Promise to look at professional development in education

Richard Bruton tells Impact conference goal is to make Irish education best in Europe

“In absolute terms we don’t spend enough on upskilling – I think we spend €18m on upskilling out of an education budget of €9.5bn”

“In absolute terms we don’t spend enough on upskilling – I think we spend €18m on upskilling out of an education budget of €9.5bn”

 

Minister for Education Richard Bruton has pledged to examine ways of improving continuous professional development within the education sector, including ancillary staff.

Mr Bruton told the Impact trade union’s education division conference in Cork that the Government had set a goal of making Ireland’s education and training system the best in Europe within a decade. More investment would be needed in continuous professional development to achieve this aim.

“One of the things I have learned today from meeting with your executive is that continuous professional development is not just about the teaching professions but also about the many other ancillary players within the education system who are so important to its outreach and its success.

“In absolute terms we don’t spend enough on upskilling – I think we spend €18 million on upskilling out of an education budget of €9.5 billion. It isn’t up to standard. I’m not saying I can reach into my pocket and fix it, but I do recognise it is an area we have to invest in if we want to achieve our goals.”

Special education needs

Impact deputy general secretary Kevin Callinan said the union’s education division represented 11,000 workers, including school secretaries, special needs assistants (SNAs) and clerical and administrative staff.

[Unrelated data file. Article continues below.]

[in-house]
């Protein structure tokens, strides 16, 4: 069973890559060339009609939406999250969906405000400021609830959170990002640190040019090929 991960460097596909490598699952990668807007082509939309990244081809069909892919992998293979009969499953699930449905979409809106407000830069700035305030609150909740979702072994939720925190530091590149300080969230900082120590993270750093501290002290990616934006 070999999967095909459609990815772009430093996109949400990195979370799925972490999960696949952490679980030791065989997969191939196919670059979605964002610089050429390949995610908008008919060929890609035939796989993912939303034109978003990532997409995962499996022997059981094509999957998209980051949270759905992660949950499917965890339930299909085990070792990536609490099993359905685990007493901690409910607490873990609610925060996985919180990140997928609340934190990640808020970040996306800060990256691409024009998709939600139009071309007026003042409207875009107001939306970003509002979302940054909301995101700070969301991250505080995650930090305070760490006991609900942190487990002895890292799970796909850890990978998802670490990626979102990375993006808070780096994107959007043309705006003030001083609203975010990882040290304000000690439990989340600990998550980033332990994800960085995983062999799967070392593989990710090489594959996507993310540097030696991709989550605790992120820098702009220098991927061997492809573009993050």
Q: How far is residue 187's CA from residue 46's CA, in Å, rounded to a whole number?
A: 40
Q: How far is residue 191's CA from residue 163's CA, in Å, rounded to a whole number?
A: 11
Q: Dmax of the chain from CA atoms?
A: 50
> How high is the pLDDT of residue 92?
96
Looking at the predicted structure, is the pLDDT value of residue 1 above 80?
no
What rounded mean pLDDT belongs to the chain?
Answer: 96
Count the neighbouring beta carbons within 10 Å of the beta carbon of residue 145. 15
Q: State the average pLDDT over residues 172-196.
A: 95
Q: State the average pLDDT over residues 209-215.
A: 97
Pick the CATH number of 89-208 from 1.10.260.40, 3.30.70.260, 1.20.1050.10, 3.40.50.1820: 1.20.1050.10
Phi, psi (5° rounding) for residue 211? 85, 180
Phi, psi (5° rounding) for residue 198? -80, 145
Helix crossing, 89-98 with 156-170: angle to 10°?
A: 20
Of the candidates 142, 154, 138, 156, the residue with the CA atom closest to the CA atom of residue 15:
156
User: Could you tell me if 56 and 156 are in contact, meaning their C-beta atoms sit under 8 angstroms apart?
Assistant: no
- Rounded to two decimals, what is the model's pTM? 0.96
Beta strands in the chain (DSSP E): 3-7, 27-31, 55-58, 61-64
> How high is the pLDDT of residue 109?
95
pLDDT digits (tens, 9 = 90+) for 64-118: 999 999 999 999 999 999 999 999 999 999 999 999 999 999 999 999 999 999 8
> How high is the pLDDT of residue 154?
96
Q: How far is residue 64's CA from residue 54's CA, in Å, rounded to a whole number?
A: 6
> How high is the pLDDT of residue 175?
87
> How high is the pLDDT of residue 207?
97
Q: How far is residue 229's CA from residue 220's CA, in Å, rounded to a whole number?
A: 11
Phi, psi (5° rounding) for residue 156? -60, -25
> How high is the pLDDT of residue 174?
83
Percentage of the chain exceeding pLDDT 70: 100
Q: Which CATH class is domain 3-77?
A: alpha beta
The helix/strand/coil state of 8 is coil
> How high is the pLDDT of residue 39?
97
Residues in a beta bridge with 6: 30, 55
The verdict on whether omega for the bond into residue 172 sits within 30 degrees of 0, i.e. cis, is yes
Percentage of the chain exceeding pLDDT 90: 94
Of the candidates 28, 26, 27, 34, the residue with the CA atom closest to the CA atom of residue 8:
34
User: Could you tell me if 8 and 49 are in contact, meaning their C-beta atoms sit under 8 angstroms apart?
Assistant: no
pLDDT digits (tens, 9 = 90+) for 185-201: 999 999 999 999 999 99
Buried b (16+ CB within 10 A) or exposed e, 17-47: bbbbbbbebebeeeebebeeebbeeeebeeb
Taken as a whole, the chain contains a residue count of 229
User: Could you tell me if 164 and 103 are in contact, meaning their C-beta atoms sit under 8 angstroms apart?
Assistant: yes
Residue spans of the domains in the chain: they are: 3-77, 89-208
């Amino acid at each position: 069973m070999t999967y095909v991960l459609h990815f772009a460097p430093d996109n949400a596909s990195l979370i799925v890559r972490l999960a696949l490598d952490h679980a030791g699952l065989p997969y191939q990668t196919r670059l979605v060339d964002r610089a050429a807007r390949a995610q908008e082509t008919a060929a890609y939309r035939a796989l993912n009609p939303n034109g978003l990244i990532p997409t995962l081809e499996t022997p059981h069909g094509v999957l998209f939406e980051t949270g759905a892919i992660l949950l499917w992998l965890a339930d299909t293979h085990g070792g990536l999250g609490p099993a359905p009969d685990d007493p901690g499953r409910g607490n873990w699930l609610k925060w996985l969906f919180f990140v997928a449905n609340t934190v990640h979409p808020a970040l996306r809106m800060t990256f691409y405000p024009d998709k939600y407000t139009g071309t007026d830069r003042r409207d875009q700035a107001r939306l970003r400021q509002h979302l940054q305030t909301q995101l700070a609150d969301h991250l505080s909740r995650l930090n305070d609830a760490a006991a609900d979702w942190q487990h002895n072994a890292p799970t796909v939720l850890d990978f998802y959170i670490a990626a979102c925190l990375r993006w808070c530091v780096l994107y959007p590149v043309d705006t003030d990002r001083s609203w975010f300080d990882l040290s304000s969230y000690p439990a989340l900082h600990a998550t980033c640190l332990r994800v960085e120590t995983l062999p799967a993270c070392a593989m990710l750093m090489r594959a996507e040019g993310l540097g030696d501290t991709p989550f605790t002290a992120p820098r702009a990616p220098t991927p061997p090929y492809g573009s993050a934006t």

He said if a society was genuine about respecting and cherishing its most vulnerable children – those with special education needs – then it must also respect those who worked with such children by upgrading entry qualifications and introducing continuous professional development for SNAs.

Mr Callinan said Impact fully supported teacher colleagues in their efforts to eliminate pay inequalities introduced during the economic crisis. If the Minister wanted to see the real scandal of two-tier systems and low pay in education, he needed simply look at the Impact members in front of him.

Minimum wage

“Impact represents over 10,000 education workers. Between 80 and 90 per cent of them, including every SNA, will start work on a pre-tax income of around €440 a week. Some will start on minimum wage or less, and stay there for the foreseeable.

“Many will be laid off on no pay for the summer, every summer. Others don’t know today if they’ll even have a job come September.”